By Chuck Searcy February 15, 2021 | 07:40 am GMT+7Last month, completion of dioxin cleanup on a 5,300-square-meter tract of land at Bien Hoa airport marked a significant milestone.
Officials of both the Vietnamese and U.S. governments could derive satisfaction from knowing that the Agent Orange/dioxin legacy of war is now being addressed, after a troubling post-war history of misinformation and controversy, accusations and doubts.
Not just public officials, but veterans and ordinary citizens of both countries can take pride in looking back over the remarkable transformation that has taken place in the past two decades, from early years of mistrust and recrimination to a positive, working partnership between Vietnam and the U.S. today.
That relationship is now built on mutual trust and respect.
A cornerstone of our dramatically improved relationship is a clear, shared commitment between the people of both countries to address the legacies of war, Agent Orange/dioxin, explosive ordnance (EO), and wartime Missing In Action (MIA) personnel from all sides, in an open and honest manner. We now recognize that the humanitarian component of these challenges rises above politics and demands a concerted, selfless effort of all concerned.
How did we come to this point?
Twenty-five years after Vietnam and the U.S. normalized diplomatic relations on July 11,1995, is an appropriate moment to observe and reflect.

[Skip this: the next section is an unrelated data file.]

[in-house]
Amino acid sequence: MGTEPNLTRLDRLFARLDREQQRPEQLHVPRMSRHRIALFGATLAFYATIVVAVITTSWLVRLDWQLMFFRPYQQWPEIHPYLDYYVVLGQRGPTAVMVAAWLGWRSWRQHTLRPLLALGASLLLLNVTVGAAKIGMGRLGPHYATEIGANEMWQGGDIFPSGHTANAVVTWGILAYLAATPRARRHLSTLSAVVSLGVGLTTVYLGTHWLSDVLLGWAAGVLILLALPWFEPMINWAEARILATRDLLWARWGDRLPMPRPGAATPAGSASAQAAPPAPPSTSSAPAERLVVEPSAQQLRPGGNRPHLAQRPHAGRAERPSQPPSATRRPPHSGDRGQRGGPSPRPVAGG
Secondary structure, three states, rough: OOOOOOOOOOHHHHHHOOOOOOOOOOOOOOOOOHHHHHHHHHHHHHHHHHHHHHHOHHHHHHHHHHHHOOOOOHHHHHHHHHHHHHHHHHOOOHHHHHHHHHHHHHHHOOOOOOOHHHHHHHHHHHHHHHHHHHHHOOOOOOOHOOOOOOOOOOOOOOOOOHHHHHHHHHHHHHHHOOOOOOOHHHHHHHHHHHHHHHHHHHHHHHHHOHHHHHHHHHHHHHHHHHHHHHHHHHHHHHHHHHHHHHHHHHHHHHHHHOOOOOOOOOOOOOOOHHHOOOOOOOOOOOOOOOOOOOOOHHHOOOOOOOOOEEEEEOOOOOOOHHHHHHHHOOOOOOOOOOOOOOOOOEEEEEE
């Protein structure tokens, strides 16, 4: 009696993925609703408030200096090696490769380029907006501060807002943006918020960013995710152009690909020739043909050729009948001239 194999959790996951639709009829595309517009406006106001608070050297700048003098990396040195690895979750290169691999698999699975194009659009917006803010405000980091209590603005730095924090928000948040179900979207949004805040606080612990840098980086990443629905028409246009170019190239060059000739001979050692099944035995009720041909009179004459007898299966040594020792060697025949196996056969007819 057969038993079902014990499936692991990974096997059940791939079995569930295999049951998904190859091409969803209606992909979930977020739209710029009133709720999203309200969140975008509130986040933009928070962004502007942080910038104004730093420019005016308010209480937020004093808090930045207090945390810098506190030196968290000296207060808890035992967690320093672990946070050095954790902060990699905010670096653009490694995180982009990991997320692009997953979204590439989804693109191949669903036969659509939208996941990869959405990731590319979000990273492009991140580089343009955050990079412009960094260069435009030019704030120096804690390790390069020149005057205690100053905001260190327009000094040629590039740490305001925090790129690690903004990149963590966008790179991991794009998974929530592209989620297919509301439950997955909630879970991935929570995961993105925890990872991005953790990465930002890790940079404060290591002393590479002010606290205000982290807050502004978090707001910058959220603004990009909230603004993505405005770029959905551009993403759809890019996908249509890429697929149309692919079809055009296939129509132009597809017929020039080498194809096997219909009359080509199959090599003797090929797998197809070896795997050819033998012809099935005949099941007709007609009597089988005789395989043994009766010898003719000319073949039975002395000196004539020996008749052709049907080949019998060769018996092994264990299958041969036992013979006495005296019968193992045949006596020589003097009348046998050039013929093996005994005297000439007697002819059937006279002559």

I have been a personal witness to this history: first, as a U.S. Army soldier in the war, in 1967-68, then as a veteran who returned to Vietnam in 1995 to try to contribute to the rebuilding, recovery, and reconciliation that was being painfully pursued by the Vietnamese. Working at the Swedish Children’s Hospital and Bach Mai Hospital in Ha Noi to provide orthopedic braces for disabled children, one of the first projects funded by USAID, I learned of the terrible toll in deaths and lifetime disabilities among ordinary people throughout Vietnam as a result of wartime bombs and mines still remaining in the ground.
I was shocked to discover that more than 100,000 Vietnamese had been killed or injured by explosive ordnance since the end of the war in 1975. When I and other Americans discussed this humanitarian tragedy with U.S. Embassy staff and other government officials, there was cautious agreement that this grim challenge needed to be addressed, yes, and it was an area in which the U.S. could provide assistance.
Quietly, there emerged a consensus among U.S. officials that America should take some responsibility for the consequences of the massive bombing that had occurred during the war, which left behind an estimated 800,000 tons of lethal, unexploded munitions that remained a threat to farmers, villagers, school children everywhere.
Peace Trees was the first American non-profit organization to receive approval from officials in Quang Tri Province to clear a small site of explosive ordnance and plant trees there. The door was opened for further cooperation, with the engagement of a German demining organization, SODI, soon to follow, then the British Mines Advisory Group (MAG), Golden West Humanitarian Foundation (GWHF), and other organizations including Vietnam Veterans of America Foundation (VVAF) and Vietnam Veterans Memorial Fund (VVMF) which supported Project RENEW, and international aid organization Norwegian People’s Aid (NPA).